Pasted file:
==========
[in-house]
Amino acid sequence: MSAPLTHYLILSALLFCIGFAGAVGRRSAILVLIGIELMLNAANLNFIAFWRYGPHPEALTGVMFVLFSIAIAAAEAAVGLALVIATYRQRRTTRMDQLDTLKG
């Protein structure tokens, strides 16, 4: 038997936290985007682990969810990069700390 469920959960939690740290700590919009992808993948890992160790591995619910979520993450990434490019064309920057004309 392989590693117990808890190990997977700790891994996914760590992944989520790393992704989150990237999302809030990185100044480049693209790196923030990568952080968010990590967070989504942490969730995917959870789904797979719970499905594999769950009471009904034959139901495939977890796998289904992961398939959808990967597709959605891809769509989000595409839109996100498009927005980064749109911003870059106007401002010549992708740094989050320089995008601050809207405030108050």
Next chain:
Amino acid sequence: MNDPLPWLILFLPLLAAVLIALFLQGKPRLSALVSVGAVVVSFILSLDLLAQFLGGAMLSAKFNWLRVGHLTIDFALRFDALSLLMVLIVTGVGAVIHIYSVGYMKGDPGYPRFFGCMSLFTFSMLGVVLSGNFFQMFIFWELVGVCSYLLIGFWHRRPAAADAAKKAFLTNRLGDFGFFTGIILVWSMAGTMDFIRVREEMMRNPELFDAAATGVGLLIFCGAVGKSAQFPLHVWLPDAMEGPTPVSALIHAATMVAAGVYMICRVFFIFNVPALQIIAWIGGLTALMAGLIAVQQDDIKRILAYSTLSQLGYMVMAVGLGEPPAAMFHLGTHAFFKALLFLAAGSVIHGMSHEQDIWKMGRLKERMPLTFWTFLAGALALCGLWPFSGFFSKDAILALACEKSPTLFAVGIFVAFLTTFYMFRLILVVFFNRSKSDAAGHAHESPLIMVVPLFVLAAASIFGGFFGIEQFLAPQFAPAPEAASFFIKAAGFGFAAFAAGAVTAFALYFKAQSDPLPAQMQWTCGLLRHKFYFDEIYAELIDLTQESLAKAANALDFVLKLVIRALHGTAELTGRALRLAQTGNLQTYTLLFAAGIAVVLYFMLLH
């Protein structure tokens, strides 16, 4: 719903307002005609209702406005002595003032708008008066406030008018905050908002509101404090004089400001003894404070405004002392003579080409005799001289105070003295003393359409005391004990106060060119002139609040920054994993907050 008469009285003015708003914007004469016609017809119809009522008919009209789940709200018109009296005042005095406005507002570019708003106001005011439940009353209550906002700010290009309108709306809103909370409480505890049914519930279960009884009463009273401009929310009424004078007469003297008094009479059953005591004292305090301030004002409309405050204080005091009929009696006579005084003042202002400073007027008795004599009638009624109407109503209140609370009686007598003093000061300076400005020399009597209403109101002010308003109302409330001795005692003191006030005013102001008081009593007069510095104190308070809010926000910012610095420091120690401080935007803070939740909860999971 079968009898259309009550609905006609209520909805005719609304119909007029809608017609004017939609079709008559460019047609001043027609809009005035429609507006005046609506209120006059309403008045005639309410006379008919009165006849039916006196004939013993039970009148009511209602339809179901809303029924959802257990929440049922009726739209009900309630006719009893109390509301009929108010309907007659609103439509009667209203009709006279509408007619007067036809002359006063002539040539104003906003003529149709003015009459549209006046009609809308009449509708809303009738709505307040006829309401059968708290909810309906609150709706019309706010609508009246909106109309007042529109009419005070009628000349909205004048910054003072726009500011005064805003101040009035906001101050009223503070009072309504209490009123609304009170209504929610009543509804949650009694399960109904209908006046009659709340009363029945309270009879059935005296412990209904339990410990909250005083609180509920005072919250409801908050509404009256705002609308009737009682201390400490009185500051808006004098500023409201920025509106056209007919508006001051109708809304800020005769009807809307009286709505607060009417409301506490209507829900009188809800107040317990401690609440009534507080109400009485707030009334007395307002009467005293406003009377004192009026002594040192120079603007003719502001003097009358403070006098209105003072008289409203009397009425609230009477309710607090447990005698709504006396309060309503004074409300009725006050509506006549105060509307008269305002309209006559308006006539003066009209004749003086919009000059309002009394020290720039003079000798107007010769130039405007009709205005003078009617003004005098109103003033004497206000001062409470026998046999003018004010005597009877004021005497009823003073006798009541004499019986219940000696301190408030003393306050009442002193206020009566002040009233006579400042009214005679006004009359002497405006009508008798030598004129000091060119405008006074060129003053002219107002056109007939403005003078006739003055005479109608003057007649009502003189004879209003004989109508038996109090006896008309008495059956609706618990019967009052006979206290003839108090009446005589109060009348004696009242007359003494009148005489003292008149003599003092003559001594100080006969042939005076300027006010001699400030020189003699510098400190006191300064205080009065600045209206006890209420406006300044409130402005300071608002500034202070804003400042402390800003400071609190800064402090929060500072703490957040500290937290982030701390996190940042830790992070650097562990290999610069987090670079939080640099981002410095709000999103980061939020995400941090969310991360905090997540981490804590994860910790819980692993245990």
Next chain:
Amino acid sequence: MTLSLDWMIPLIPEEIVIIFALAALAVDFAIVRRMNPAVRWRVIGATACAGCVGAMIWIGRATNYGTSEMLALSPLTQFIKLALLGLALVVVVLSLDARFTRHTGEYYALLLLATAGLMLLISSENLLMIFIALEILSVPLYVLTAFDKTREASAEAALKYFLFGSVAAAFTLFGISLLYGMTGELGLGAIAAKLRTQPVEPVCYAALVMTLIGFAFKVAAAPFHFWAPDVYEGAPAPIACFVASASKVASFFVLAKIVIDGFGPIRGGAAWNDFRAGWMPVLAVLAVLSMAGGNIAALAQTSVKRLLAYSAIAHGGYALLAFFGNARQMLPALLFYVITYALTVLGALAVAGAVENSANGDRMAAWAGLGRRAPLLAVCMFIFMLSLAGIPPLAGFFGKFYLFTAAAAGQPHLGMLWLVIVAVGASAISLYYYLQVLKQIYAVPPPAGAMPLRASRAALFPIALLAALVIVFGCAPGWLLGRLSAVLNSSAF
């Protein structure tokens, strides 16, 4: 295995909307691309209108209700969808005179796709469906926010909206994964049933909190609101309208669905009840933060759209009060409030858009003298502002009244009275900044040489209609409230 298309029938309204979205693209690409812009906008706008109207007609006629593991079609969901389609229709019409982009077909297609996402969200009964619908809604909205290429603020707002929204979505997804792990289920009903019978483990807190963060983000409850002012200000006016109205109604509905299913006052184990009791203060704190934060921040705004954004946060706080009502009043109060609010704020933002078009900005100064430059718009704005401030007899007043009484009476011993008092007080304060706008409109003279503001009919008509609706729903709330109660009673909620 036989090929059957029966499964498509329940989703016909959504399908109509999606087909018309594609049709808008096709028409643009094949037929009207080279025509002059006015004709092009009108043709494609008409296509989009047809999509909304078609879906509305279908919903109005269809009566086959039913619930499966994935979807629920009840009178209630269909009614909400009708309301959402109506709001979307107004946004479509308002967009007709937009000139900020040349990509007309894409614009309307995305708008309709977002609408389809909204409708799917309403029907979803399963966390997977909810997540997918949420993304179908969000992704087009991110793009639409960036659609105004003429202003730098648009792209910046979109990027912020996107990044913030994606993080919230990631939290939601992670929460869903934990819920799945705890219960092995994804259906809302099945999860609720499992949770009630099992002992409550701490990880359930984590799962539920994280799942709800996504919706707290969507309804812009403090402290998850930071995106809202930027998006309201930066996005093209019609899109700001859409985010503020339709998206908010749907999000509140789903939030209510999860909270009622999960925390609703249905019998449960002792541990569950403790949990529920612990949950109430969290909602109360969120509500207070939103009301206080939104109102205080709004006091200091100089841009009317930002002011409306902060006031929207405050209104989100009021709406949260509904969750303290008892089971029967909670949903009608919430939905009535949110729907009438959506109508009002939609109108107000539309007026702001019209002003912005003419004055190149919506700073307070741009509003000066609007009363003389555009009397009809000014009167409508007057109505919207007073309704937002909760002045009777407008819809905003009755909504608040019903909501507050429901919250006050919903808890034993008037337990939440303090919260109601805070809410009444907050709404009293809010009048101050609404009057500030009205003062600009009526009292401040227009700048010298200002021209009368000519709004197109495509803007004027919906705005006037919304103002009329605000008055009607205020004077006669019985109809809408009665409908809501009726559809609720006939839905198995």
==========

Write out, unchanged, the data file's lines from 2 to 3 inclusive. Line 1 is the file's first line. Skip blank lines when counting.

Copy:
Amino acid sequence: MSAPLTHYLILSALLFCIGFAGAVGRRSAILVLIGIELMLNAANLNFIAFWRYGPHPEALTGVMFVLFSIAIAAAEAAVGLALVIATYRQRRTTRMDQLDTLKG
């Protein structure tokens, strides 16, 4: 038997936290985007682990969810990069700390 469920959960939690740290700590919009992808993948890992160790591995619910979520993450990434490019064309920057004309 392989590693117990808890190990997977700790891994996914760590992944989520790393992704989150990237999302809030990185100044480049693209790196923030990568952080968010990590967070989504942490969730995917959870789904797979719970499905594999769950009471009904034959139901495939977890796998289904992961398939959808990967597709959605891809769509989000595409839109996100498009927005980064749109911003870059106007401002010549992708740094989050320089995008601050809207405030108050």